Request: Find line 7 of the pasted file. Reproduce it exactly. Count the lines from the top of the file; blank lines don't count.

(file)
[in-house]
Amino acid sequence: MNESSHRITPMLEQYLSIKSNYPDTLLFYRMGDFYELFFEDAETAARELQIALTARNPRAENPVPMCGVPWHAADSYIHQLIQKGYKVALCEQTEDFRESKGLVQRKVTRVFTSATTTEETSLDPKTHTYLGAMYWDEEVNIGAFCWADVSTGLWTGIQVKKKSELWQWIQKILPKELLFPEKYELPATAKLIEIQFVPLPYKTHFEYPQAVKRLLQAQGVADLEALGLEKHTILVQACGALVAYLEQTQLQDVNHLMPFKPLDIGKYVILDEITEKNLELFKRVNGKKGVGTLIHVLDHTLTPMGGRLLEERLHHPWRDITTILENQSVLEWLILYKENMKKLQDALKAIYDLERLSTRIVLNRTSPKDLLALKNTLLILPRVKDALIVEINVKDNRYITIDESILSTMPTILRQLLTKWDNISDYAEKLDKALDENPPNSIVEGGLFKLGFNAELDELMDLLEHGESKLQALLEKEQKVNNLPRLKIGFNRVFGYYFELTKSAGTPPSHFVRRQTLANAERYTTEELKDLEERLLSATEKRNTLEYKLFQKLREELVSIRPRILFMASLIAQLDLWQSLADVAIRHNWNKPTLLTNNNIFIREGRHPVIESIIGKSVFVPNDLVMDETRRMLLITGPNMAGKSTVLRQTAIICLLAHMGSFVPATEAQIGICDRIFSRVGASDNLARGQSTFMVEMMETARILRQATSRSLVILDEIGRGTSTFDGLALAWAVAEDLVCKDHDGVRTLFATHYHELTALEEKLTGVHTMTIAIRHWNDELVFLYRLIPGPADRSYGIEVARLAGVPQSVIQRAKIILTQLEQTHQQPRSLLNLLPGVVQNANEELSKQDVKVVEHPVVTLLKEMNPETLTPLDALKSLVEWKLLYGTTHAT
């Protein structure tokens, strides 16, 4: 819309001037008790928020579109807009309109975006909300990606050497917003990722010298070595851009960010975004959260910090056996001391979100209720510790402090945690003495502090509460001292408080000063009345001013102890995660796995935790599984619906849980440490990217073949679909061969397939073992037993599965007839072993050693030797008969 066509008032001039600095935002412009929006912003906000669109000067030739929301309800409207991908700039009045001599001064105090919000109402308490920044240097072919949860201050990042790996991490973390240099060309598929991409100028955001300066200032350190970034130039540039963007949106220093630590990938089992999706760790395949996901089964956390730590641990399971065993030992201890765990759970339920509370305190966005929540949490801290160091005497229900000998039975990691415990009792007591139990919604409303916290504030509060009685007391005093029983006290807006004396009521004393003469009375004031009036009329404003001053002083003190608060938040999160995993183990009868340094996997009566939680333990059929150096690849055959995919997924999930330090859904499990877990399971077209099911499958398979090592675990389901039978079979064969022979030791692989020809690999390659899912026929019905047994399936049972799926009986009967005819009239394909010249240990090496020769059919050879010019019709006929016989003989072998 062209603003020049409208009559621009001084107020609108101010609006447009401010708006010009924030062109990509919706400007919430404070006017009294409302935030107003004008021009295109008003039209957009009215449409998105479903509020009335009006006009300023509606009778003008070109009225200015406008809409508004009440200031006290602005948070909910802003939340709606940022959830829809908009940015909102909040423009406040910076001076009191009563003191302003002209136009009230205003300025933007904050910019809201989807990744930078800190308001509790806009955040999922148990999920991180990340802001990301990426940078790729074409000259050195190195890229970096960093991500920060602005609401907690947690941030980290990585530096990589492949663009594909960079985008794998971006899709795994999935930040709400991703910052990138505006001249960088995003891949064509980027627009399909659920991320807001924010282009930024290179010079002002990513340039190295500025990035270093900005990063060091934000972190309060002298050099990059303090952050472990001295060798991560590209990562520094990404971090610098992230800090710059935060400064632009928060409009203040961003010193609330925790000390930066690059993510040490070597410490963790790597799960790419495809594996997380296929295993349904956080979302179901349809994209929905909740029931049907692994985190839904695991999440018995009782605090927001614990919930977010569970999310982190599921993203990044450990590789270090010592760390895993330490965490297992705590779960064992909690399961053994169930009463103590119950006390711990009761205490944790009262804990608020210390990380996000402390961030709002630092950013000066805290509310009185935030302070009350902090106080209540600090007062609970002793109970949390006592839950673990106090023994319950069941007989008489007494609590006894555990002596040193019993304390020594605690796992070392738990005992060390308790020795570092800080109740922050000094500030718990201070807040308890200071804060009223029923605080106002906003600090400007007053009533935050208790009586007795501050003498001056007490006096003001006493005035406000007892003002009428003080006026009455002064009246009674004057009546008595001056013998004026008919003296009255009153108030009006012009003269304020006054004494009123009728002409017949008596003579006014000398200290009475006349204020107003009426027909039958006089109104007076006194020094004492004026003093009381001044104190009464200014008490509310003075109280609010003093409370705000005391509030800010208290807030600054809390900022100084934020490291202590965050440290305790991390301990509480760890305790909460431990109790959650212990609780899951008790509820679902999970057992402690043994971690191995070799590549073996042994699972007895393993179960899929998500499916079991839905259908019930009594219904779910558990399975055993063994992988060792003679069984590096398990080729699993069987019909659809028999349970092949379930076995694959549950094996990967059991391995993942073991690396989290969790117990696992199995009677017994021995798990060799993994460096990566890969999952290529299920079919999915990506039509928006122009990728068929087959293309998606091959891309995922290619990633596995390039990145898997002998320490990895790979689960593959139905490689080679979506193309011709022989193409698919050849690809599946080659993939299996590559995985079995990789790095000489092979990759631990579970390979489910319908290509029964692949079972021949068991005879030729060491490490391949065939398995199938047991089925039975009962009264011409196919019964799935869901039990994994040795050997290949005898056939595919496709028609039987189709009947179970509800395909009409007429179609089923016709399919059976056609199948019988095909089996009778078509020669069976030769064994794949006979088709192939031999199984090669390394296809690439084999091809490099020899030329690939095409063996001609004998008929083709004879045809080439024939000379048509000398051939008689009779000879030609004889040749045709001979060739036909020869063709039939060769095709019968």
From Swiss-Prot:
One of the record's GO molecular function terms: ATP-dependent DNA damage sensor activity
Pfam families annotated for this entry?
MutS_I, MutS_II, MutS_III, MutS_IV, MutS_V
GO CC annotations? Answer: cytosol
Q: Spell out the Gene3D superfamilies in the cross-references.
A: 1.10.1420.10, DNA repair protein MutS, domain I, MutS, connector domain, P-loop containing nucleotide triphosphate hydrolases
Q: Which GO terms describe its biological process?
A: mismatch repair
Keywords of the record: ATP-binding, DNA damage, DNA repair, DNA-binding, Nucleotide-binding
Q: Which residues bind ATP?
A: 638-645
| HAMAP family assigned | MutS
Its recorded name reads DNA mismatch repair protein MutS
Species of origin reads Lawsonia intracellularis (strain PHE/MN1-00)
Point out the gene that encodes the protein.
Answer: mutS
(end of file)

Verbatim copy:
MutS_I, MutS_II, MutS_III, MutS_IV, MutS_V